About SUID and SIDS
SUID (Sudden Unexpected Infant Death) is the death of an infant less than 1 year of age that occurs suddenly and unexpectedly, and whose cause is not immediately obvious before investigation. SUID is a broad term that encompasses all sudden infant deaths. Most SUIDs are reported as one of three types.
- SIDS (Sudden Infant Death Syndrome)
- Accidental suffocation and strangulation in bed
- Unknown cause
In Oregon, about 40 babies die in their sleep every year.
The most important thing you can do for your baby’s health is to quit smoking. For help, call the Oregon Tobacco Quit Line at 1-800-784-8669 or online at www.quitnow.net/oregon.
Breastfeeding reduces your baby’s risk of SIDS.
Some parents choose to sleep with their baby. It can be unsafe to sleep with your baby if:
- Your baby is less than 4 months old.
- Your bed has pillows, quilts, or comforters.
- You share the bed with pets or other children.
- You are sleeping on a soft surface such as a waterbed, old mattress, sofa, couch or armchair.
- You or your partner:
- Has taken drugs, alcohol, or medications that make you sleepy
- Are very tired or suffer from extreme exhaustion.
To make sure your baby (birth to one year old) is as safe as possible:
- Always put your baby to sleep on his/her back.
- Make sure no one smokes around your baby.
- Breastfeed your baby.
- Put your baby to sleep in the room where you sleep.
- Remove soft fluffy bedding, pillows, stuffed toys and bumper pads from your baby’s sleep area.
- Try a sleep sack instead of a blanket. Sew your own sleep sack: Baby Rudy's Safe and Easy Sleep Sack pattern and instructions (pdf)
- Avoid placing your baby to sleep on soft things like couches or upholstered chairs, waterbeds, beanbag chairs, quilts or comforters.
- Talk with grandparents and other caregivers about this safe sleep information.
- Offer a pacifier at nap time and bedtime. This helps to reduce the risk of SIDS. If you are breastfeeding, wait until breastfeeding is going well before offering a pacifier. This usually takes 3 to 4 weeks. It's OK if your baby doesn't want to use a pacifier. You can try offering again, but some babies don't like to use pacifiers. If your baby takes a pacifier and it falls out after he falls asleep, you don’t have to put it back in.
- Use a firm sleep surface.
- Avoid overheating and head covering.
Please talk to you healthcare provider about any concerns you may have.
Safe Sleep Webinar, August 2016
Webinar Handout (pdf)
Note:Viewing this webinar does not meet the mandatory
training requirements of the Oregon Office of Child Care. Safe Sleep for Oregon’s Infants is the required training program from the Office of Child Care.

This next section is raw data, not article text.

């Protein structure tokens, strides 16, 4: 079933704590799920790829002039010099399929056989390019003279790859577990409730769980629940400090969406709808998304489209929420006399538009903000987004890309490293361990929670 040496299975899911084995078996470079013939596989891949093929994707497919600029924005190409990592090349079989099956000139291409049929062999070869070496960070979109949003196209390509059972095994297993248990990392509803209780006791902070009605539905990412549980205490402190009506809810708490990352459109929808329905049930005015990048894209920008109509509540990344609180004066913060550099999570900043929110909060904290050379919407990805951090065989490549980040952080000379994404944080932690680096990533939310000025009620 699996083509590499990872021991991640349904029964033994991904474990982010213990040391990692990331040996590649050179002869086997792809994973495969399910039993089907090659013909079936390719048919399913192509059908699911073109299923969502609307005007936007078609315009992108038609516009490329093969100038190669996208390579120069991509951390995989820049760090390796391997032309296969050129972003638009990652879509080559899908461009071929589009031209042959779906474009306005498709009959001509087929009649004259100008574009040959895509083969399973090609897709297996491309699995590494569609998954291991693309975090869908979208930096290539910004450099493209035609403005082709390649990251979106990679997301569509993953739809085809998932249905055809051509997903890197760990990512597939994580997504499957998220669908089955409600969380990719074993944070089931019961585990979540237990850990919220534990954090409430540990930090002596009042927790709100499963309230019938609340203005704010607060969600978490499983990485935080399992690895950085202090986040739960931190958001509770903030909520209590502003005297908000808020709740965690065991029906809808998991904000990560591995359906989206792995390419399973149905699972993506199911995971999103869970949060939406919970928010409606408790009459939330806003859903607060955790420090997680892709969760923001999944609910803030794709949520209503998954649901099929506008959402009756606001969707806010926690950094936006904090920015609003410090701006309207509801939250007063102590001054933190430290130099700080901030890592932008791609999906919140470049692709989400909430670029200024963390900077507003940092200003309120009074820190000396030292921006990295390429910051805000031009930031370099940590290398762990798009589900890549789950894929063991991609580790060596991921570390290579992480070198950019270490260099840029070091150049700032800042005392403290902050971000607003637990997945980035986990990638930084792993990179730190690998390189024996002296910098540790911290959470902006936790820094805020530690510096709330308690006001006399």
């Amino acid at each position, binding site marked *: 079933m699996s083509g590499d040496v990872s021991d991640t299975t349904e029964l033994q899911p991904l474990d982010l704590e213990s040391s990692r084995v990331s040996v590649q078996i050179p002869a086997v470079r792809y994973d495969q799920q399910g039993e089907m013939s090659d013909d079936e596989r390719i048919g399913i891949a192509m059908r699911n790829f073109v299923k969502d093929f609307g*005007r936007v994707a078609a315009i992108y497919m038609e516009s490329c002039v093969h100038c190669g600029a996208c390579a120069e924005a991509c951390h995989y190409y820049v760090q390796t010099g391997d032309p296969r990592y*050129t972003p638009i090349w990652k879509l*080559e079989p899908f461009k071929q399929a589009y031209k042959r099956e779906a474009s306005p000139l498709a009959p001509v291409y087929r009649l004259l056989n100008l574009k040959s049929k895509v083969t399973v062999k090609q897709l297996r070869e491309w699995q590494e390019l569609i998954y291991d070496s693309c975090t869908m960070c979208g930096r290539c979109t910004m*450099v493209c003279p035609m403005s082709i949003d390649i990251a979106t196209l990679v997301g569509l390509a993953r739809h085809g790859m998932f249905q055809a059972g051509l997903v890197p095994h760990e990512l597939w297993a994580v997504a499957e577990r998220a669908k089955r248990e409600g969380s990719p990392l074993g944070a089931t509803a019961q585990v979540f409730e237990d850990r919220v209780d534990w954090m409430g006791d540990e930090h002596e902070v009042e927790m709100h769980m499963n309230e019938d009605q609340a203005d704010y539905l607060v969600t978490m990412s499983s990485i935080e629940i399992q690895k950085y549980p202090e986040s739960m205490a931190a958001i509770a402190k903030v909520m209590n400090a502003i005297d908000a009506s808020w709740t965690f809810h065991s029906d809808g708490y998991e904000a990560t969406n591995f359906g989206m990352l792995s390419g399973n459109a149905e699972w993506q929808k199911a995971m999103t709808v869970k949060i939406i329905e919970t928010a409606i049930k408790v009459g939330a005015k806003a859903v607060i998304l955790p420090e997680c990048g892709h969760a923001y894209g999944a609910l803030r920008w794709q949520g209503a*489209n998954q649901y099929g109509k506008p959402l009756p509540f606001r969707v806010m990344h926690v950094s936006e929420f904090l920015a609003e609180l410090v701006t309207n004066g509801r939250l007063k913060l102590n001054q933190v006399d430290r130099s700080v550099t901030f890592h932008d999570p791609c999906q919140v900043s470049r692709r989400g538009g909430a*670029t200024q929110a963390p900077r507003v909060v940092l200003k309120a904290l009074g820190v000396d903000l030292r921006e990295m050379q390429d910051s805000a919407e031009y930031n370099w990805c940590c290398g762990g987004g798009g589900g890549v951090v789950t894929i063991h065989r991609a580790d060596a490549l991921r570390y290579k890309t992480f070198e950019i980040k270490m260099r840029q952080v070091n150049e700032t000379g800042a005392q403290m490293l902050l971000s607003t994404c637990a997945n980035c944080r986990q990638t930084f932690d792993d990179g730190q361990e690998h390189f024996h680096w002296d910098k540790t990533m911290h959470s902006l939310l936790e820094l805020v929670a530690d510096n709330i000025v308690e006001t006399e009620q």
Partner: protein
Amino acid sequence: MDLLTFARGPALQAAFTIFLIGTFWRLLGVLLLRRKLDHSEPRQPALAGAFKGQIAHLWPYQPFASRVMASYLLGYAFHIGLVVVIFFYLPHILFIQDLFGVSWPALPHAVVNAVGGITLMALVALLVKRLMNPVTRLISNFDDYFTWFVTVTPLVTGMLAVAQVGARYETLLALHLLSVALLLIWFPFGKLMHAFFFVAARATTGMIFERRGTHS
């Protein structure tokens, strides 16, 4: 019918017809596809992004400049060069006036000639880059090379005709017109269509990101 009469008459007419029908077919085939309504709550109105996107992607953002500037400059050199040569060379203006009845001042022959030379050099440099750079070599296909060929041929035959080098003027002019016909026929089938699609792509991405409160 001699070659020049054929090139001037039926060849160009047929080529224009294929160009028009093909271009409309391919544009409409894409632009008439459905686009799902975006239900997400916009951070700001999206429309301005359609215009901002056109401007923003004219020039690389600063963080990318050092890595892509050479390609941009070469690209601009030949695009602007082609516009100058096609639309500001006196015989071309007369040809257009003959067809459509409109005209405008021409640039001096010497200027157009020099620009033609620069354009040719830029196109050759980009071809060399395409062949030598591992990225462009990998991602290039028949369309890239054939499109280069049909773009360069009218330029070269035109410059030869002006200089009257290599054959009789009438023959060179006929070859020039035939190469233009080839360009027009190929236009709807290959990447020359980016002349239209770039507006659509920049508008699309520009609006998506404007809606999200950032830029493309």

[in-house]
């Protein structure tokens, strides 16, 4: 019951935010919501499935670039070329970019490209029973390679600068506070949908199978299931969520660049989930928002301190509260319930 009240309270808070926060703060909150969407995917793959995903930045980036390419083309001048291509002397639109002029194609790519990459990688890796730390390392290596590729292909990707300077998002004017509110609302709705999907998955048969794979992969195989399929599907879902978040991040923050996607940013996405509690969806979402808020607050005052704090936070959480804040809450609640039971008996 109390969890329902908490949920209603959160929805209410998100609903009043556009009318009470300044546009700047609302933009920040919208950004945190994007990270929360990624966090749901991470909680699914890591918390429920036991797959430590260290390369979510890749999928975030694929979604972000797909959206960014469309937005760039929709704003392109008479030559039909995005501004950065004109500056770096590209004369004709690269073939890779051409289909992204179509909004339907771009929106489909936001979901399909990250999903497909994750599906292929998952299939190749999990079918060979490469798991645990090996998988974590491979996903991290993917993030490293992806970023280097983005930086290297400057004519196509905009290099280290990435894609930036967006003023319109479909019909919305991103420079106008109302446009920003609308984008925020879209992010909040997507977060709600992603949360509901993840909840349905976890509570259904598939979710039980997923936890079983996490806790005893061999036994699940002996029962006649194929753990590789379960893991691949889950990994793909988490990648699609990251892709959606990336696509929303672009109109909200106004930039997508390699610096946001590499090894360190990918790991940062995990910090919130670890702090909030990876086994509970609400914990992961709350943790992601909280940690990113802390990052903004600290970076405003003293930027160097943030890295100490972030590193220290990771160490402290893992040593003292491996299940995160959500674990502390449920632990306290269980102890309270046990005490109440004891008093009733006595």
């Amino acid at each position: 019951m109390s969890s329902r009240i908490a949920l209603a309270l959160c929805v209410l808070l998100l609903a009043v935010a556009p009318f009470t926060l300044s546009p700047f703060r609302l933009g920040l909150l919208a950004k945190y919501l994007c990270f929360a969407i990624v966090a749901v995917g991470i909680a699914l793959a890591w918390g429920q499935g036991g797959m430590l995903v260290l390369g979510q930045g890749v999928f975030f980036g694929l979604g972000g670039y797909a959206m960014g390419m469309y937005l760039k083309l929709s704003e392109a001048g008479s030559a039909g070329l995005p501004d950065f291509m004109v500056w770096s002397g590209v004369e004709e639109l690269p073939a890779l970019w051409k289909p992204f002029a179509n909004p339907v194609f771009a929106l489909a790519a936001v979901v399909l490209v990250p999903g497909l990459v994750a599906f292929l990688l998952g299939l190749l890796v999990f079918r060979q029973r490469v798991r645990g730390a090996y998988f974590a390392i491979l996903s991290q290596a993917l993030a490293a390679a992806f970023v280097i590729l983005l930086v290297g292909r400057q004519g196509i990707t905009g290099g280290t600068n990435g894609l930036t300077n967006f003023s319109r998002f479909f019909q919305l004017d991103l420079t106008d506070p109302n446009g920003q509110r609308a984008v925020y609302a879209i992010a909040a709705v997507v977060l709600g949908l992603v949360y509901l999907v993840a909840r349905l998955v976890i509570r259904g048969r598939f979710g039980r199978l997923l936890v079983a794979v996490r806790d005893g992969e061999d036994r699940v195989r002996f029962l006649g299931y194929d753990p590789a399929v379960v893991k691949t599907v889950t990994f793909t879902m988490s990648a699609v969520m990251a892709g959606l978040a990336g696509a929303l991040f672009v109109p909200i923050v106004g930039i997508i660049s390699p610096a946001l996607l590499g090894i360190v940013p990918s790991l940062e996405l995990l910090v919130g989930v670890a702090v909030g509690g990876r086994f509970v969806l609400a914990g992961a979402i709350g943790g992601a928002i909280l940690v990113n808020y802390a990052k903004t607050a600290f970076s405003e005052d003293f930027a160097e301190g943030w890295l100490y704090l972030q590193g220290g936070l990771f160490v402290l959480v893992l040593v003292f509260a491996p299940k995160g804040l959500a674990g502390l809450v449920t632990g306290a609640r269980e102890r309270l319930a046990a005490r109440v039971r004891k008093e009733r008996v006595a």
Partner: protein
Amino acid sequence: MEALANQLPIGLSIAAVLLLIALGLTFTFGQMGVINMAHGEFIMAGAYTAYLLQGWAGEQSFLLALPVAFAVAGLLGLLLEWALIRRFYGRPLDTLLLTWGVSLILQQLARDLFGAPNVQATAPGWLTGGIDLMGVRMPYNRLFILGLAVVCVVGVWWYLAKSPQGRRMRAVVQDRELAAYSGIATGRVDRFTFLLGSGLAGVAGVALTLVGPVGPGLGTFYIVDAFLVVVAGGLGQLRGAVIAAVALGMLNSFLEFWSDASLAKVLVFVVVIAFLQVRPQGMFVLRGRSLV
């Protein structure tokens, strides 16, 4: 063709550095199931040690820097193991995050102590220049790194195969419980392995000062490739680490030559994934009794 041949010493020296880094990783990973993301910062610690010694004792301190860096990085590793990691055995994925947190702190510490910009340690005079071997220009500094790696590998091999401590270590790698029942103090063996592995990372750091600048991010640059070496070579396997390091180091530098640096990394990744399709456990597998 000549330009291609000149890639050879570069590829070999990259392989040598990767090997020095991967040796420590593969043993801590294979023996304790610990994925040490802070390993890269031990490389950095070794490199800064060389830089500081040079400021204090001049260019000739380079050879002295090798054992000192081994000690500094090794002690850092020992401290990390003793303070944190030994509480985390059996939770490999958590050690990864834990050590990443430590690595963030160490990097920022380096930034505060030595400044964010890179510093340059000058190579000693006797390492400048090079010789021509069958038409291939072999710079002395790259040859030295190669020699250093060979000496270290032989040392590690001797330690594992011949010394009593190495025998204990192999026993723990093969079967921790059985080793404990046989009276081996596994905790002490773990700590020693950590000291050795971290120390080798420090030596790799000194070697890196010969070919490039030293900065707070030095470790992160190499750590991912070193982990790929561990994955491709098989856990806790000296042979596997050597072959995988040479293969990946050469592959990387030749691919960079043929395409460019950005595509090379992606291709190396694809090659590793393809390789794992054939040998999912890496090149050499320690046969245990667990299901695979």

Safe Sleep Brochure (pdf)
Spanish | Arabic | Vietnamese | Simplified Chinese | Russian
Safe Sleep Poster - 11x17 (pdf)
Finnish Baby Boxes Factsheet (pdf)
Safe to Sleep
The Safe to Sleep campaign, formerly known as the Back to Sleep campaign, aims to educate parents, caregivers, and health care providers about ways to reduce the risk for Sudden Infant Death Syndrome (SIDS) and other sleep-related causes of infant death. Safe to Sleep is an expansion of the original Back to Sleep campaign which started in 1994. Policy statements and educational materials are available at this website.
CDC Information about SUID and SIDS and CDC's efforts to standardize and improve data collected at infant death scenes and promote consistent reporting and classification of SUID cases. Includes data and statistics about SUID and SIDS and a fact sheet about SUID and CDC’s SUID Case Registry.
For the January 2018 Vital Signs report, CDC analyzed
Pregnancy Risk Assessment Monitoring System (PRAMS) data to describe sleep
practices for babies. PRAMS has monitored
self-reported behaviors and experiences before, during, and after pregnancy
among women with a recent U.S. live birth since the late 1980s.
National Action Partnership to Promote Safe Sleep (NAPPSS)
NAPPSS-IIN is an
initiative to make infant safe sleep and breastfeeding the national norm
by aligning stakeholders to test safety bundles in multiple care settings to
improve the likelihood that infant caregivers and families receive consistent,
evidence-based instruction about safe sleep and breastfeeding.
American Academy of Pediatrics
Resources for Grief Support
The Dougy Center for Grieving Children and Families
The mission of The Dougy Center for Grieving Children is to provide loving support in a safe place where children, teens and their families grieving a death can share their experiences as they move through their healing process.
Brief Encounters is a nonprofit, nonsectarian group for parents whose babies have died before, during, or after birth. Brief Encounters provides meetings in the greater Portland, Oregon area and local phone support. At informal, mutually supportive meetings, bereaved parents and their families share their stories, discuss issues that arise around pregnancy and infant loss, and remember their children. Through talking or just listening, we learn what grief is and how, through understanding and caring, we heal.
First Candle is a national health organization that provides grief support services to help families through the difficult time after the loss of a baby. Grief counselors are available by phone, 24 hours a day, seven days a week. Call toll free at 1-800-221-7437. Bilingual crisis counselors are also available at the same toll free number.
The Compassionate Friends is a national bereavement support organization for families who have suffered the death of a child. For information, call the National Office at 1-877-969-0010.